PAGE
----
- Open Access
A collaborative approach for semantic time-based video annotation using gamification
Human-centric Computing and Information Sciences volume 7, Article number: 13 (2017)
Efficient access to large scale video assets, may it be our life memories in our hard drive or a broadcaster archive which the company is eager to sell, requires content to be conveniently annotated. Manually annotating video content is, however, an intellectually expensive and time-consuming process. In this paper we argue that crowdsourcing, an approach that relies on a remote task force to perform activities that are costly or time-consuming using traditional methods, is a suitable alternative and we describe a solution based on gamification mechanisms for collaboratively collecting timed metadata. Tags introduced by registered players are validated based on a collaborative scoring mechanism that excludes erratic annotations. Voting mechanisms, enabling users to approve or refuse existing tags, provide an extra guarantee on the quality of the annotations. The sense of community is also created as users may watch the crowd’s favourite moments of the video provided by a summarization functionality. The system was tested with a pool of volunteers in order to evaluate the quality of the contributions. The results suggest that crowdsourced annotation can describe objects, persons, places, etc. correctly, as well as be very accurate in time.
Tagging systems enable new modalities of social communication and opportunities for data mining . By being engaged in the annotation process, humans contribute to index information, and it is likely that they are attracted to retrieve information as well. However, a great part of that user-generated annotations have no quality-control process that guarantees the effectiveness of the data collected. Tags created by single users are typically noisy and selfish, contain misspelled words, miss important keywords and are not linked to specific timecodes [1–3]. This limits the usefulness of the tags, especially for efficient access to large assets of video content, and, more concretely, it does not allow the accurate access to exact parts of a video.
Techniques grounded on video processing are still mostly not feasible given the computer resources required and the difficulty to develop a reliable and universal system to any type of content. Nevertheless, random access to crucial points of videos is essential for retrieving the best content and data that fills our expectations.
Many TV and radio broadcasters accumulate very large archives, with various degrees of granularity of content and available metadata. Some of them are very old, speechless and do not have metadata associated. Most of cataloguing efforts have been geared towards reuse, to enable programme makers to easily find snippets of content to include in their own programmes. However, creating this metadata is a timely and expensive process, still relying on experts that continuously verify and sort the contents to be published, providing structured information for describing the content as a whole, as well as specific descriptions of parts of the video.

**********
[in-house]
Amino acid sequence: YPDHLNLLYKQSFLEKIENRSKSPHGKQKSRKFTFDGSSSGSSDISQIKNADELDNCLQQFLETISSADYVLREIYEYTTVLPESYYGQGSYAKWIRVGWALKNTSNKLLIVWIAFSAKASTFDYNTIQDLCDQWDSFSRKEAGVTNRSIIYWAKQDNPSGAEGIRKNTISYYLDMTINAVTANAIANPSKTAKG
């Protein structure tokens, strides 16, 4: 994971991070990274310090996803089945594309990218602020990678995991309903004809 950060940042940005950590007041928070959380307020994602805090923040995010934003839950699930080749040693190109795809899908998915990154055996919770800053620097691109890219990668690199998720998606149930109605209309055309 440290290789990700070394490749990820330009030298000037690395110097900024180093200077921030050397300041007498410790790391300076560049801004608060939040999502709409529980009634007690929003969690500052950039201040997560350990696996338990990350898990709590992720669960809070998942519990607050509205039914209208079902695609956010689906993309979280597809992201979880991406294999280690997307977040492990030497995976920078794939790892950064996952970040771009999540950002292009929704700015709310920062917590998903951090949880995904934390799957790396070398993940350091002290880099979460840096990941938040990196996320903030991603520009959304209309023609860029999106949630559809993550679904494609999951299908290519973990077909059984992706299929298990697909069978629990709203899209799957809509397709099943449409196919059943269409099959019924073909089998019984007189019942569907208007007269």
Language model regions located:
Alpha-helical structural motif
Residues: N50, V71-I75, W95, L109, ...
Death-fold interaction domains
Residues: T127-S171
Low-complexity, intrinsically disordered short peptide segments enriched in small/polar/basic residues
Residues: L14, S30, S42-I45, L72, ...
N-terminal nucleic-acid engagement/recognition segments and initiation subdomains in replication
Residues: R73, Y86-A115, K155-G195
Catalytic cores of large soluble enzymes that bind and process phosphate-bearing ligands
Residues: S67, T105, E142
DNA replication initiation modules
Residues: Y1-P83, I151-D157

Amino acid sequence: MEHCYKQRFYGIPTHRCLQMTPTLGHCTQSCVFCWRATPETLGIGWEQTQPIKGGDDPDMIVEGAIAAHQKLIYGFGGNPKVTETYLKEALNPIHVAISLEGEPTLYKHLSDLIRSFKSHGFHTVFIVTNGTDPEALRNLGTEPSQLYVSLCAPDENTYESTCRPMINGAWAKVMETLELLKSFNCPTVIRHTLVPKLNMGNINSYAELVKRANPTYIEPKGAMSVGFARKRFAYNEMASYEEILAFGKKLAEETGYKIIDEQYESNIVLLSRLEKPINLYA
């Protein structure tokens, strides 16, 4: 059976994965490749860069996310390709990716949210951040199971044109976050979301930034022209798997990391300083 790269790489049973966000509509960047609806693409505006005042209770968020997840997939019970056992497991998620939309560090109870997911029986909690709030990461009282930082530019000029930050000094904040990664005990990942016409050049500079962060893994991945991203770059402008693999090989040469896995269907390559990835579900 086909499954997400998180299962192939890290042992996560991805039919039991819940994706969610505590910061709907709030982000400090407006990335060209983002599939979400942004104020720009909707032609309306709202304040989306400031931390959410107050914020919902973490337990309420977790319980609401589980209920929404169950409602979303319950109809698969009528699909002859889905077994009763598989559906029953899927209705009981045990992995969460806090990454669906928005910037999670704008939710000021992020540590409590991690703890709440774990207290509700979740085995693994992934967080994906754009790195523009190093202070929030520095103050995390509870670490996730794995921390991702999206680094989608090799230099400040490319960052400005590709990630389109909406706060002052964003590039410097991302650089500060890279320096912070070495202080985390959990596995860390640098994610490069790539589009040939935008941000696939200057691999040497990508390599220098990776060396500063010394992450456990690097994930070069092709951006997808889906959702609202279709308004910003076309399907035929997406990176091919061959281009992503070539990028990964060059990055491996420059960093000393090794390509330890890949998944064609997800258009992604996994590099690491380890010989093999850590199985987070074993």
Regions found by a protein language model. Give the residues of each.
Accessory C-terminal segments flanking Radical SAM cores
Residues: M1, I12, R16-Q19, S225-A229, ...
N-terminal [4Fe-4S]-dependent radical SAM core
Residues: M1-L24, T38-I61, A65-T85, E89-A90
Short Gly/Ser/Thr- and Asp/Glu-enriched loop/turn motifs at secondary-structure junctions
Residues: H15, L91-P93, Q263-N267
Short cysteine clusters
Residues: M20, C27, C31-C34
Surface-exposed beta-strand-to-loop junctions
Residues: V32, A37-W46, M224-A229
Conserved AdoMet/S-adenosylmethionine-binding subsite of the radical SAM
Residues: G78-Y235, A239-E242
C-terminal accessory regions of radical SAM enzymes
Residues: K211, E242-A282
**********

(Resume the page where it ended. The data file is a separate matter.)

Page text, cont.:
Some broadcasters are already implementing tagging mechanisms using e.g. DBpedia to help audience to easily find programmes . However, the current tools are mostly used to suggest tags to editors, based on the metadata already known (title, description, etc.), not providing effectively new information.
Crowdsourcing has been gaining points as a method to collect metadata descriptors, adding extra alternative textual information to the one that already exists. The idea of collecting metadata using gamification concepts has been applied on some video footage and has attracted players to entertainingly contribute to the cause [5–7].
This paper presents a platform for video content annotation using a collaborative approach. Based on the concepts of crowdsourcing, gamification and participatory media, the system collects metadata that enables describing a video asset (Fig. 1). Information is linked to specific time instants contributing to enhance search and access to video content. Accuracy of the tags is achieved through a validation and scoring mechanism that awards players based on their success and implements a motivation scheme. As a motivational complement, users are also encouraged to reach pre-define goals that enable them to unlock new badges and progress in levels of difficulty.
New features, that include better algorithms for tag validation, new scoring and motivation mechanisms, a dictionary that helps achieving better descriptions and enhanced navigation features have been added to previously published work described in [8, 9]. The approach was validated through a user experiment and findings suggest that not only the users feel engaged and willing to contribute, but also that collected data is valid and correctly describing key concepts of the video. The proposed solution is expected to have a significant impact on the management of valuable video assets that would otherwise be unavailable for use.
The rest of the paper is organised as follows. In the next section we present the state of the art approaches for video annotation focusing on collaborative and content analysis methodologies. In “Game explained” we describe our proposal, detailing the main game concepts, motivation mechanisms implemented to assure active participation of the crowd and that include, among others, different scoring and game levels, a leaderboard and a set of awards for the accomplishment of tasks. The mechanisms for tag validation are also described. The evaluation testbed and results are presented and discussed in “System evaluation”. Finally, we highlight some conclusions and directions for future work.